Parents

Watch Mister Rogers Defend Public Programming In This Vintage Video

Timely.
02/01/2017 06:00pm ET | Updated February 2, 2017

Decades ago, Fred Rogers, host of the classic show “Mister Rogers’ Neighborhood,” gave a moving speech to the U.S. Senate defending public programming, and his words seem more important now than ever.

After being elected in 1968, President Richard Nixon showed his support for cutting federal funding in half for the Corporation for Public Broadcasting (CPB). Rogers responded to the president’s proposal in 1969 with a passionate speech in front of the Senate’s Subcommittee on Communications.

Speaking to chairman John Pastore, Rogers explained how he and his team operated on a budget of $6,000 for his show. According to him, that amount would cover less than two minutes of cartoons, or what he called animated “bombardment.”

Rogers explained how he was “constantly concerned” about what kids saw on television and told Pastore he finished his program with an uplifting message for the children watching.

“I end the program by saying, ‘You made this day a special day by just you being you. There’s no person in the whole world like you and I like you just the way you are,’” he said.

Bettmann via Getty Images
Fred Rogers ended his program with, "There’s no person in the whole world like you and I like you just the way you are.”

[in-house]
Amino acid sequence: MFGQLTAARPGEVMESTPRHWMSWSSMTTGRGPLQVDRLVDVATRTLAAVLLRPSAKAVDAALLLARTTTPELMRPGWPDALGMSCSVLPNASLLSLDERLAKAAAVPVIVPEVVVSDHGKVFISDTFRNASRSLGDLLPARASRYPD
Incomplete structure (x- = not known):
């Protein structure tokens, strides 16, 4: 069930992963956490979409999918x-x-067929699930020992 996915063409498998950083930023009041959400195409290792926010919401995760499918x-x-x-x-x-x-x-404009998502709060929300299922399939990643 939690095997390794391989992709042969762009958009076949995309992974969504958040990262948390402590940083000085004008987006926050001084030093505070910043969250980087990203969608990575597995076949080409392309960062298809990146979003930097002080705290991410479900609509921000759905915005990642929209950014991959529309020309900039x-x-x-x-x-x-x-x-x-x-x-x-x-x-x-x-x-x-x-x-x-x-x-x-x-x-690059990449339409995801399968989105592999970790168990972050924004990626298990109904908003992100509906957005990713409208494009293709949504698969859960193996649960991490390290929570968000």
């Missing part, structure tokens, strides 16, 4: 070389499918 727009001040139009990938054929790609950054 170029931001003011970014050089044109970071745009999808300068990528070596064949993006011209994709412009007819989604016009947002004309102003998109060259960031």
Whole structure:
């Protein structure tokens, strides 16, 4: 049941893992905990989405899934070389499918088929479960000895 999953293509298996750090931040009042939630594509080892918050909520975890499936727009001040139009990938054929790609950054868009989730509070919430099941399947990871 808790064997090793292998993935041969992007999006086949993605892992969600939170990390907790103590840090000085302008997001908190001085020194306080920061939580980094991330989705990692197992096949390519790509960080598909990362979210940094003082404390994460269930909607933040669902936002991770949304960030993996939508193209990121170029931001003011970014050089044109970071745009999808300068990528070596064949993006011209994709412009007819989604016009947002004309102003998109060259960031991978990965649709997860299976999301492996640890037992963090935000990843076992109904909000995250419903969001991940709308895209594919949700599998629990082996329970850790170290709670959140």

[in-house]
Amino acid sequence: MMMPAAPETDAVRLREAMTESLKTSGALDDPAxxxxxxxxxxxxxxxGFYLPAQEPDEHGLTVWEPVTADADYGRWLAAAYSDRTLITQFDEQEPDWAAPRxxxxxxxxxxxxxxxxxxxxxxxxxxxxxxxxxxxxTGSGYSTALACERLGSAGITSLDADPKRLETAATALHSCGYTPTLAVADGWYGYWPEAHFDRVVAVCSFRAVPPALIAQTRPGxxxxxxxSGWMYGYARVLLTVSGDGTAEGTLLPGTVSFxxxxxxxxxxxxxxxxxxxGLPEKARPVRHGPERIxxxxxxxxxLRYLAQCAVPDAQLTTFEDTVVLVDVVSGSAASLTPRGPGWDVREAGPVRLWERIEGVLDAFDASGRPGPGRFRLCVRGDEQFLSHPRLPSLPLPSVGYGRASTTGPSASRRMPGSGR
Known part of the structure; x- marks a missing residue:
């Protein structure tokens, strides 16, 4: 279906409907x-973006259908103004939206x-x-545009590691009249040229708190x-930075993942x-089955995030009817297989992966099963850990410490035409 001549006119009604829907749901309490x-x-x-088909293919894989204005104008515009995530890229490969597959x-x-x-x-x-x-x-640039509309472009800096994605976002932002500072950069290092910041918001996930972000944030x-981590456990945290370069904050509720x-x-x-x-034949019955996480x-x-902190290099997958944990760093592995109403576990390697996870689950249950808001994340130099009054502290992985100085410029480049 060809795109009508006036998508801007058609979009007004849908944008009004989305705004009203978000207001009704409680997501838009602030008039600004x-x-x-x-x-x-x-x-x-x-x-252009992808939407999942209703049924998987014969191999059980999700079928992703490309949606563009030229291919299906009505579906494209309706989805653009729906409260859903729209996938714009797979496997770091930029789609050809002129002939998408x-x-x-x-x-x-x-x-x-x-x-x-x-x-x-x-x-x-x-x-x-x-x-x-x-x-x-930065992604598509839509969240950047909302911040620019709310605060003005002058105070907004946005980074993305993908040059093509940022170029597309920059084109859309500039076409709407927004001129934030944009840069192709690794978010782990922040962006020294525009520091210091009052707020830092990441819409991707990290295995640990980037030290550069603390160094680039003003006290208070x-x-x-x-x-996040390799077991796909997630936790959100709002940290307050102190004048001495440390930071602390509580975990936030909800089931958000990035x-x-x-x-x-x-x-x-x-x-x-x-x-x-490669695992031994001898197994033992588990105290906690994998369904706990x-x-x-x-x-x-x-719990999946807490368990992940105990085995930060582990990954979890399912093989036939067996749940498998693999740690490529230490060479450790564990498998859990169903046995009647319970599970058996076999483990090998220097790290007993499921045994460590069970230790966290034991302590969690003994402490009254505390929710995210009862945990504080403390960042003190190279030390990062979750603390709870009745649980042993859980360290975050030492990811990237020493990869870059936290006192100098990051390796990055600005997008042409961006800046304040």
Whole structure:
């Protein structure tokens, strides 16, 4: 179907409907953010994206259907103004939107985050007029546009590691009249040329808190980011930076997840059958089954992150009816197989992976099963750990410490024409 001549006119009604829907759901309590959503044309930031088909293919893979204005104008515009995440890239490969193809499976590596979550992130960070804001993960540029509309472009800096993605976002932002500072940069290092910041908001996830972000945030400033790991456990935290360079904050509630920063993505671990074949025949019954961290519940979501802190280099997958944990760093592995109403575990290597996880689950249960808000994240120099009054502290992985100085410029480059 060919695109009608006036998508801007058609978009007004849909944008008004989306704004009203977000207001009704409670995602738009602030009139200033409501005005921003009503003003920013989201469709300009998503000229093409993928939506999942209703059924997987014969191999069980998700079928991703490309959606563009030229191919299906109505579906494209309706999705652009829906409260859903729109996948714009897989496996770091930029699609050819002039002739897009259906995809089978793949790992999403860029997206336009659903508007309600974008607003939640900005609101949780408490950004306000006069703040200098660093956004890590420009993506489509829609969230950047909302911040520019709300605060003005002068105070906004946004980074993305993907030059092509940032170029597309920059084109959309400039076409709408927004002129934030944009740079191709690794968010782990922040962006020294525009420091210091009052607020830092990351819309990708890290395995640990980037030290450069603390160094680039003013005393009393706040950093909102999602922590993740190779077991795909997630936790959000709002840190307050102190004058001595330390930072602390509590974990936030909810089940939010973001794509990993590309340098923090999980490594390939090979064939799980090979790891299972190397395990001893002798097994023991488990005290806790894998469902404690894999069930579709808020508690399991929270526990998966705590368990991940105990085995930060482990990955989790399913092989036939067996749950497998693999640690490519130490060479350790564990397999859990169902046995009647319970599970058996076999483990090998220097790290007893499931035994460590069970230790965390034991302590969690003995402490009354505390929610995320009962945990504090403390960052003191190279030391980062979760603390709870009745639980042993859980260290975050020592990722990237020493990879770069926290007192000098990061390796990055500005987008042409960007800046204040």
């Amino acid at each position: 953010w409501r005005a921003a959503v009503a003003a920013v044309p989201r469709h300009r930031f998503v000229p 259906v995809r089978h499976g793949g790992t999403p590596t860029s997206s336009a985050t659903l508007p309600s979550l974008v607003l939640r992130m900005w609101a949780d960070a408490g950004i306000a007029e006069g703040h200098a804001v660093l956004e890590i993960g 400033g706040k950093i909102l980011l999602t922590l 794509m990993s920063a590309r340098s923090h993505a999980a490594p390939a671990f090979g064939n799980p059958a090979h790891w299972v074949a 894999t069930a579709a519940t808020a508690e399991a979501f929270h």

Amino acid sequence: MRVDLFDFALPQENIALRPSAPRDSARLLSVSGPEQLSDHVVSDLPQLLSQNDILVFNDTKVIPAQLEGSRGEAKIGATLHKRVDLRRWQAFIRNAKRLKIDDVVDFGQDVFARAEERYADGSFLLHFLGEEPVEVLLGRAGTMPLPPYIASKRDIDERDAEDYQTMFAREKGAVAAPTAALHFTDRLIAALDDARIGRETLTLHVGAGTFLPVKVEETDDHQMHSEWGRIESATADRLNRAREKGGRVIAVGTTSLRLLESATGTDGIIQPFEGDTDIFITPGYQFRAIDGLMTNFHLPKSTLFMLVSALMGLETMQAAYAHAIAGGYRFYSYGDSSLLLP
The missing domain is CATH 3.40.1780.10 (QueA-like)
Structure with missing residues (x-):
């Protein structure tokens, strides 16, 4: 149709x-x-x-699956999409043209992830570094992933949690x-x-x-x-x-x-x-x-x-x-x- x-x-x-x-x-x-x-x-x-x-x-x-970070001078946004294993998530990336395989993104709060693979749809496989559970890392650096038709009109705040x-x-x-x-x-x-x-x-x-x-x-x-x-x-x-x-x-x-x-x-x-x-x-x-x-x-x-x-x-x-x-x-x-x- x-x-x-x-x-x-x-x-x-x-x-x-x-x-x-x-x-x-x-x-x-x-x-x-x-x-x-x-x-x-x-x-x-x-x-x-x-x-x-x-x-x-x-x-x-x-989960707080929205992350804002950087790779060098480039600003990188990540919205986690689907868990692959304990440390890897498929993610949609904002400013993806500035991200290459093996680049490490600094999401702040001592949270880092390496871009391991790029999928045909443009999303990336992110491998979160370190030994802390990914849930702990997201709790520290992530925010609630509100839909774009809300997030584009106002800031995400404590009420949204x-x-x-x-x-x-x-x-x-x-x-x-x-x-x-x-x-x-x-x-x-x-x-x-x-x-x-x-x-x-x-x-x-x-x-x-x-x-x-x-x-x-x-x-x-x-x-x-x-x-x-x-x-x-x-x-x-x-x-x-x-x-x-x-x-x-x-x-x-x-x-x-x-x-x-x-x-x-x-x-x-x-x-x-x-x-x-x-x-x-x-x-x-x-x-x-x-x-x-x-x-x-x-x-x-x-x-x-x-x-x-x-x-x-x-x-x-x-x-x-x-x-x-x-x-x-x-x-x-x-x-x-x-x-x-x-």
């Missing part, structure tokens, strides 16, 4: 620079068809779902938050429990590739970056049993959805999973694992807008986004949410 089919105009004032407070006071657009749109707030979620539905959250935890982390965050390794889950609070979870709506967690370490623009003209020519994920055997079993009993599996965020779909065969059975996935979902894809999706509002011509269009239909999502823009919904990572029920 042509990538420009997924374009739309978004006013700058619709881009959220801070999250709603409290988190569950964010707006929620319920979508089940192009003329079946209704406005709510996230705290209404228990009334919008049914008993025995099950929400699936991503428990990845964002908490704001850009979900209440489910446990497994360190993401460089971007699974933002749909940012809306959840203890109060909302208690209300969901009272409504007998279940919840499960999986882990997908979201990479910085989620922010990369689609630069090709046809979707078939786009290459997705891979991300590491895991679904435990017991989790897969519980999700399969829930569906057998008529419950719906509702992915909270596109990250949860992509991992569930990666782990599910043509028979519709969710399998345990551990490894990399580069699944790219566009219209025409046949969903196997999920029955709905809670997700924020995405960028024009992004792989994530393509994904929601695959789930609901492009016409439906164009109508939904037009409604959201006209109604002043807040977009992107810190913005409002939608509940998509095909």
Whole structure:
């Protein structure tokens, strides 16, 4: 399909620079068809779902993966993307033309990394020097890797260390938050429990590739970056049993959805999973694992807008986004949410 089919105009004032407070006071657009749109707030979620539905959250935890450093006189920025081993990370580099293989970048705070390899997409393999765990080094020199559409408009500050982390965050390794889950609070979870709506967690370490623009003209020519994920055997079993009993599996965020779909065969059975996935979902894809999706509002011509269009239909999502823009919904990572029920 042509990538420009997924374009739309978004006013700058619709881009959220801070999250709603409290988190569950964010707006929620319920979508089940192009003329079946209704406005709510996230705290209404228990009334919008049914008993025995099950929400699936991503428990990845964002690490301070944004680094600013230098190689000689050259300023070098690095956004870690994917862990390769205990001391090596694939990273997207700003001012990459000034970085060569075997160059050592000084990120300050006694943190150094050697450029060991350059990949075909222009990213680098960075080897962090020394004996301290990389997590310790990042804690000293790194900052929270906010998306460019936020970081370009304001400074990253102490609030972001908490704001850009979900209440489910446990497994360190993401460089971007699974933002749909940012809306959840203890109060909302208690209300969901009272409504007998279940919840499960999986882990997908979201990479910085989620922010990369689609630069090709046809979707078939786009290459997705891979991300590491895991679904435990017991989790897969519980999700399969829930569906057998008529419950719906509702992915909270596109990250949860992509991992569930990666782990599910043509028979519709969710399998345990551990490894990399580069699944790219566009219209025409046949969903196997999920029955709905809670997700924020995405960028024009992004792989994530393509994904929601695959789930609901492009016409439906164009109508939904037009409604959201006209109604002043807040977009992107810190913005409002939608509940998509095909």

The beloved host also made an important case for teaching children how to express feelings by sharing his song “What Do You Do With The Mad That You Feel?” with Pastore.

“I feel that if we in public television can only make it clear that feelings are mentionable and manageable, we will have done a great service for mental health,” he said.

February marks the anniversary of the first episode of “Mister Rogers’ Neighborhood.” The beloved host’s moving speech also seems timely after The Hill reported that President Donald Trump plans to make cuts to CPB funding and eliminate the National Endowment for the Arts and National Endowment for the Humanities.

Back in 1969, Rogers convinced Pastore of the importance of public programming.

“Well I’m supposed to be a pretty tough guy,” Pastore said. “And this is the first time I’ve had goose bumps in the last two days.”

Though the results weren’t instantaneous, Congress increased funds appropriated for the CPB to $23 million in 1971, compared to $5 million in 1969.

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